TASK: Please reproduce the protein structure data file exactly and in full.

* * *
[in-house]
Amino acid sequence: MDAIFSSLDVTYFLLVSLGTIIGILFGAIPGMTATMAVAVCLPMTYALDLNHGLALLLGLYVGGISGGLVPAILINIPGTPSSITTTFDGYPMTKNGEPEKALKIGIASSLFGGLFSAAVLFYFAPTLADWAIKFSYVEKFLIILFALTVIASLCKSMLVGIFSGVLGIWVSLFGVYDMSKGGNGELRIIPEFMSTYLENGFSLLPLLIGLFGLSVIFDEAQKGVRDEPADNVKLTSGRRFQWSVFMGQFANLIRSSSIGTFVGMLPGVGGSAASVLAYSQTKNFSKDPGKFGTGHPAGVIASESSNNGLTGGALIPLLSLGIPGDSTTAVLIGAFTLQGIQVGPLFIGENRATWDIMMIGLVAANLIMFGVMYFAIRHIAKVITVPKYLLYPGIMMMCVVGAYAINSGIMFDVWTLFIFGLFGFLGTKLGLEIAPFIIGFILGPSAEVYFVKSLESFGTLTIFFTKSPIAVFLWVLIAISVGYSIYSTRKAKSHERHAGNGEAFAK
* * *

[in-house]
Amino acid sequence: MDAIFSSLDVTYFLLVSLGTIIGILFGAIPGMTATMAVAVCLPMTYALDLNHGLALLLGLYVGGISGGLVPAILINIPGTPSSITTTFDGYPMTKNGEPEKALKIGIASSLFGGLFSAAVLFYFAPTLADWAIKFSYVEKFLIILFALTVIASLCKSMLVGIFSGVLGIWVSLFGVYDMSKGGNGELRIIPEFMSTYLENGFSLLPLLIGLFGLSVIFDEAQKGVRDEPADNVKLTSGRRFQWSVFMGQFANLIRSSSIGTFVGMLPGVGGSAASVLAYSQTKNFSKDPGKFGTGHPAGVIASESSNNGLTGGALIPLLSLGIPGDSTTAVLIGAFTLQGIQVGPLFIGENRATWDIMMIGLVAANLIMFGVMYFAIRHIAKVITVPKYLLYPGIMMMCVVGAYAINSGIMFDVWTLFIFGLFGFLGTKLGLEIAPFIIGFILGPSAEVYFVKSLESFGTLTIFFTKSPIAVFLWVLIAISVGYSIYSTRKAKSHERHAGNGEAFAK